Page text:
The Younger Dryas: Extreme climate change just 12.800 years ago
The Younger Dryas is one of the best known examples of abrupt climate change. About 14.500 years ago, the Earth's climate began to shift from a cold glacial world to a warmer interglacial state. Partway through this transition, temperatures in the Northern Hemisphere suddenly returned to near-glacial conditions. This near glacial period is called the Younger Dryas, named after a flower (Dryas octopetala) that grows in cold, artic conditions and became common in Europe during this time. The end of the Younger Dryas, about 11.500 years ago, was particularly abrupt. In Greenland, temperatures rose 10 °C in about a decade.
The Younger Dryas interruption of the global warming that resulted in the abrupt, wholesale melting of the huge late Pleistocene ice sheets was first discovered in European pollen studies about 75 years ago. Terrestrial plants and pollen indicate that arboreal forests were replaced by tundra vegetation during a cool climate. The Younger Dryas return to a cold, glacial climate was first considered to be a regional event restricted to Europe, but later studies have shown that it was a world-wide event.
Temperature fluctuations over the past 17.000 years showing the abrupt cooling during the Younger Dryas. The late Pleistocene cold glacial climate that built immense ice sheets terminated suddenly about 14.500 years ago, causing glaciers to melt dramatically. About 12.800 years ago, after about 2000 years of fluctuating climate, temperatures plunged suddenly and remained cool for 1300 years. About 11.500 years ago, the climate again warmed suddenly and the Younger Dryas ended.
The problem became even more complicated when oxygen isotope data from ice cores in Antarctica and Greenland showed not only the Younger Dryas cooling, but several other cooling/warming events, of which the Younger Dryas is the longest and coldest. Among these abrupt changes in climate, now known as Dansgaard-Oerscher events, are:
- Sudden global warming 14.500 years ago that sent the immense Pleistocene ice sheets into rapid retreat
- Several episodes of climatic warming and cooling between ~14.400 and 12.800 years ago
- Sudden cooling 12.800 years ago at the beginning of the Younger Dryas
- Abrupt climatic warming of up to 10º C in just a few decades ~11.500 years ago
The Younger Dryas was not just a single climatic event. Late Pleistocene climatic warming and cooling not only occurred before and after the YD, but also within it. All three major Pleistocene ice sheets, the Scandinavian, Laurentide, and Cordilleran, experienced double moraine-building episodes, as did a large number of alpine glaciers. Multiple YD moraines of the Scandinavian Ice Sheet have long been documented and a vast literature exists. The Scandinavian Ice Sheet readvanced during the YD and built two extensive end moraines across southern Finland, the central Swedish moraines, and the Ra moraines of southwestern Norway. 14C dates indicate they were separated by about 500 years.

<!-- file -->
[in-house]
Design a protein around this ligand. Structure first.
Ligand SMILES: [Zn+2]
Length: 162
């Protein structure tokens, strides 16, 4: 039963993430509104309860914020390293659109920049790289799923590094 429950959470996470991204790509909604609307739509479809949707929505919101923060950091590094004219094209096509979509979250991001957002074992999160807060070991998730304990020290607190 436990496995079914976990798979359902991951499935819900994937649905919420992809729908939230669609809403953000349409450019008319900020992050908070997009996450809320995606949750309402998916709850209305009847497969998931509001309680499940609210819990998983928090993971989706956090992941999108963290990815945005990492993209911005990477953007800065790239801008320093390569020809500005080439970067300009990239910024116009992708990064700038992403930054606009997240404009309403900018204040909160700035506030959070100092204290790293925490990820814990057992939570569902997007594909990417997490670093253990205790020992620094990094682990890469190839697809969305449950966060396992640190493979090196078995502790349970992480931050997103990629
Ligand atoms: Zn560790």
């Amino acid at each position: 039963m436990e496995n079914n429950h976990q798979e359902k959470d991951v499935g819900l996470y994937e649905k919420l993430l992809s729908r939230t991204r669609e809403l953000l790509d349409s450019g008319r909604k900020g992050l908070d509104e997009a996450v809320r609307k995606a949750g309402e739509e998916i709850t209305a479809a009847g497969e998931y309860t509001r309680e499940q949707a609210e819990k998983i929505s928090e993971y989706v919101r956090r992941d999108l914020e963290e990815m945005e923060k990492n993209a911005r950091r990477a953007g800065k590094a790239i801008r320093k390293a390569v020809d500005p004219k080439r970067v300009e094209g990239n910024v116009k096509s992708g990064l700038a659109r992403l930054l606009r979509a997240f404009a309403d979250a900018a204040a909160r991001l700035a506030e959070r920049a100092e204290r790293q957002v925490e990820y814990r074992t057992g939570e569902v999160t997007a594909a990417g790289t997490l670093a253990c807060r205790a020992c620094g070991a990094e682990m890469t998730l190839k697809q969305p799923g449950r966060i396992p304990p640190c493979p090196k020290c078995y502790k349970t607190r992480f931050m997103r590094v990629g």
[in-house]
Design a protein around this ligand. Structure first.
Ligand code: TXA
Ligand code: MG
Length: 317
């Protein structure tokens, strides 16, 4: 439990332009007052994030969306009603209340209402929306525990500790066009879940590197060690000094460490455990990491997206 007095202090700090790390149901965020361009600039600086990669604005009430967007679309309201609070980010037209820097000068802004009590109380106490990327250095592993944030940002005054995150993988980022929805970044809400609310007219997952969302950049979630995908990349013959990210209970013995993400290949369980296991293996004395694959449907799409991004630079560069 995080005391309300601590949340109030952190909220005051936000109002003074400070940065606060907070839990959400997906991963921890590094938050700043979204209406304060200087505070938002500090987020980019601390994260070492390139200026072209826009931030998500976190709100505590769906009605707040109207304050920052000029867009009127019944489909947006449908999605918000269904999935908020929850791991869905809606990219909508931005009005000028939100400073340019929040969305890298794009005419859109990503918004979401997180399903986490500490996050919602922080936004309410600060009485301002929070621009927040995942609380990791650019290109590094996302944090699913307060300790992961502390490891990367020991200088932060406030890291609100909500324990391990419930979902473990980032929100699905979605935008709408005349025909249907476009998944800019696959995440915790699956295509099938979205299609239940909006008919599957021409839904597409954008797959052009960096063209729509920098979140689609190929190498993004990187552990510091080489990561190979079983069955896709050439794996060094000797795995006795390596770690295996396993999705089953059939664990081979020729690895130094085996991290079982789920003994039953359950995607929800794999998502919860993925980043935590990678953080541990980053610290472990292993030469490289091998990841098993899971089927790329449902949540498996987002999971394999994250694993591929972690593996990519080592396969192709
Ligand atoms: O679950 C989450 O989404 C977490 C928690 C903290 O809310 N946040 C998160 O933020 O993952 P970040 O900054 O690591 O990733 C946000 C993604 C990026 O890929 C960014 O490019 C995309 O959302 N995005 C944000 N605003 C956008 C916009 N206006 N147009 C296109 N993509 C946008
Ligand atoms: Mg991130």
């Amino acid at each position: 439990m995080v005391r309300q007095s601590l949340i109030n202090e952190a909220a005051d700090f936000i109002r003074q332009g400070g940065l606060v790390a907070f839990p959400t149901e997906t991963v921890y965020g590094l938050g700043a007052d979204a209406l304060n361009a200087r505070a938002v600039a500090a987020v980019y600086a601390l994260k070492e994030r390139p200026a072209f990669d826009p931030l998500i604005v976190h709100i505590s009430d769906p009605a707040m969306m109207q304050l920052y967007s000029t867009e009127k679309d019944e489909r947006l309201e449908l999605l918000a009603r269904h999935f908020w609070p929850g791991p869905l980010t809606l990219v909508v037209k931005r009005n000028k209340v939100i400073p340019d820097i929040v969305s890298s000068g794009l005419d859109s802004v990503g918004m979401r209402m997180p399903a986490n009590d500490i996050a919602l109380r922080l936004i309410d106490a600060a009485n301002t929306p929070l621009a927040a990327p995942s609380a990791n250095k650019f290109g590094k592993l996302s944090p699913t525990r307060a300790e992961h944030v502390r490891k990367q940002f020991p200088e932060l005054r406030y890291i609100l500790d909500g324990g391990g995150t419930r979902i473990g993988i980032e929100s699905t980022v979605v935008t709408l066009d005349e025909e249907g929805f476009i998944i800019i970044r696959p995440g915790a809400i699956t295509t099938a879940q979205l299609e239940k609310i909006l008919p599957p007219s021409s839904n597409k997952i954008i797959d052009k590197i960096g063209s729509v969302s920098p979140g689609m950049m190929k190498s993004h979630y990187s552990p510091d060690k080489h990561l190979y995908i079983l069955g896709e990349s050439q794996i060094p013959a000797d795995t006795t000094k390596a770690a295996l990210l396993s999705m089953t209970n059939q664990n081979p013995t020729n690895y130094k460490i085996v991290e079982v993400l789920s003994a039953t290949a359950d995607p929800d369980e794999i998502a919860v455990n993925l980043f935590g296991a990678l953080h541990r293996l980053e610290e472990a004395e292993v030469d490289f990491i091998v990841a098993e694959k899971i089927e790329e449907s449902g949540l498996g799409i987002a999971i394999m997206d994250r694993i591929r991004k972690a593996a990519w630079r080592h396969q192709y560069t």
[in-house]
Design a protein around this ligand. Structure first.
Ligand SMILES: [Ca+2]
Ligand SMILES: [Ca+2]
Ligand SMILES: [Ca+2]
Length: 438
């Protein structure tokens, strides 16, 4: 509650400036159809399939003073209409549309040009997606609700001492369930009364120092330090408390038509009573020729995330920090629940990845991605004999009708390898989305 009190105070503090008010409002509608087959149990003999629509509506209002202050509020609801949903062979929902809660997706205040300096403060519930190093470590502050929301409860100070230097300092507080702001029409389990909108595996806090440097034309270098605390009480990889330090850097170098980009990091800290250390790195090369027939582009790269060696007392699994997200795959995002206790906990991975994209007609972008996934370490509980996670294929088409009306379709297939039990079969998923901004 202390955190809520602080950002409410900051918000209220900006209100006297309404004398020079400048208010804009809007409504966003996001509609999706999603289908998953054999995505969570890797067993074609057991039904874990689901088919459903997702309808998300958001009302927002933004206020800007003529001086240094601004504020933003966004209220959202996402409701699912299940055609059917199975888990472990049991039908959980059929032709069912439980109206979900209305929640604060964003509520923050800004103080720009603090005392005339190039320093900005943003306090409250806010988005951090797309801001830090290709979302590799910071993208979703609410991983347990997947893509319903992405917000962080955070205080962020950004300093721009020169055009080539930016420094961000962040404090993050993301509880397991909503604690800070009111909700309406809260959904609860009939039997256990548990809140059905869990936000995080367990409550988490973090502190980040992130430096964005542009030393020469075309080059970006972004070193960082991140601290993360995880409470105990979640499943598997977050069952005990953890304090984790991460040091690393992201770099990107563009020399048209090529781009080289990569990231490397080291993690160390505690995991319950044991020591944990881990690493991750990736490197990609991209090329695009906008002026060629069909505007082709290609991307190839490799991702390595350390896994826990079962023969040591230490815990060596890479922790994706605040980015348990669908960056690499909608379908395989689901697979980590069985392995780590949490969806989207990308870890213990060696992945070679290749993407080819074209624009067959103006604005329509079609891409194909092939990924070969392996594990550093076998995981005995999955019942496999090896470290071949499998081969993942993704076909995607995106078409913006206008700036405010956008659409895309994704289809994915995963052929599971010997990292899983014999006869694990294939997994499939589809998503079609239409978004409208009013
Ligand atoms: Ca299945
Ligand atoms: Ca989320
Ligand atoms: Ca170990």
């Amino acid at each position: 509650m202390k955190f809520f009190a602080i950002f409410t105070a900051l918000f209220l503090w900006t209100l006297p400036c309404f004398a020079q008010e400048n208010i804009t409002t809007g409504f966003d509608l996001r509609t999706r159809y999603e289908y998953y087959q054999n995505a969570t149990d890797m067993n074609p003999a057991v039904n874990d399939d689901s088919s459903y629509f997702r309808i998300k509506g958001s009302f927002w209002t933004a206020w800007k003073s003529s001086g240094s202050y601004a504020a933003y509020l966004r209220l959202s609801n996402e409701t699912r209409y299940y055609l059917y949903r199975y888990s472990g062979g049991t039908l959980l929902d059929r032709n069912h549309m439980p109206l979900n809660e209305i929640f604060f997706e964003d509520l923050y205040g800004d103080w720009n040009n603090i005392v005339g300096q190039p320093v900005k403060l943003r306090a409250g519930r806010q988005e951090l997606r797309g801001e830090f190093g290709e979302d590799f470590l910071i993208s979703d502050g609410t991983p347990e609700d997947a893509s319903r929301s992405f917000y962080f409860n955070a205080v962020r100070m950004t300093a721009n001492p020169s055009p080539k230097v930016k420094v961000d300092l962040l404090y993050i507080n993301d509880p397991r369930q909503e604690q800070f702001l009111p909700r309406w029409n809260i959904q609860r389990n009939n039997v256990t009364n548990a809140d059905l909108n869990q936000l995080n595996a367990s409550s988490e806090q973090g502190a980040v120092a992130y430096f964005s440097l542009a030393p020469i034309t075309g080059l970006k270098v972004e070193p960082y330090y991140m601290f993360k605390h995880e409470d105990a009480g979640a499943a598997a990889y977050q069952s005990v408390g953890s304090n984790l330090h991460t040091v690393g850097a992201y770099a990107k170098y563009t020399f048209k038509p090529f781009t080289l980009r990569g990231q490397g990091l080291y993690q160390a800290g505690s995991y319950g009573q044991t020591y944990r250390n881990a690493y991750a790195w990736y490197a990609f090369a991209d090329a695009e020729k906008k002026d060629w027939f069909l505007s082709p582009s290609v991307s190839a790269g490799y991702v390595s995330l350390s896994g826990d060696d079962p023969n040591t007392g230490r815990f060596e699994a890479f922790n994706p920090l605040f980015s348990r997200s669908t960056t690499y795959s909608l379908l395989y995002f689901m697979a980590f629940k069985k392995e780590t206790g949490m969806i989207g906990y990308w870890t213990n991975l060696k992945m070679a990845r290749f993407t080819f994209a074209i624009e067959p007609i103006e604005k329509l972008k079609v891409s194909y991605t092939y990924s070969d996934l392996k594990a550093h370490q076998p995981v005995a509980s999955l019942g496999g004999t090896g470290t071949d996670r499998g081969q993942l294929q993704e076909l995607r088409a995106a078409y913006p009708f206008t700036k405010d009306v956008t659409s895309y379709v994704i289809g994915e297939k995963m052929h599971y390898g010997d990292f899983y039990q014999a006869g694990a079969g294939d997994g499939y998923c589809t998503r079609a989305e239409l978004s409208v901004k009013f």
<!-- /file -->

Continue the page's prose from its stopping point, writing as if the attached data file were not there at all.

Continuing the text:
Among the first multiple Younger Dryas moraines to be recognized were the Loch Lomond moraines of the Scottish Highlands. Alpine glaciers and ice fields in Britain readvanced or re-formed during the YD and built extensive moraines at the glacier margins. The largest Younger Dryas ice field at this time was the Scottish Highland glacier complex, but smaller alpine glaciers occurred in the Hebrides and Cairngorms of Scotland, in the English Lake District, and in Ireland. The Loch Lomond moraines consist of multiple moraines. Radiocarbon dates constrain the age of the Loch Lomond moraines between 12.900 and 11.500 calendar years ago. Multiple Younger Dryas moraines of alpine glaciers also occur throughout the world, e.g., the European Alps, the Rocky Mts., Alaska, the Cascade Range, the Andes, the New Zealand Alps, and elsewhere.
Radiocarbon and cosmogenic dating of glacial moraines in regions all over the world and abrupt changes in oxygen isotope ratios in ice cores indicate that the Younger Dryas cooling was globally synchronous. Evidence of Younger Dryas advance of continental ice sheets is reported from the Scandinavian ice sheet, the Laurentide ice sheet in eastern North America, the Cordilleran ice sheet in western North America, and the Siberian ice sheet in Russia. Alpine and ice cap glaciers also responded to the abrupt Younger Dryas cooling in both the Northern and Southern hemispheres, e.g., many places in the Rocky Mts. of the U.S. and Canada, the Cascade Mts. of Washington, the European Alps, the Southern Alps of New Zealand, and the Andes Mts. in Patagonia of South America.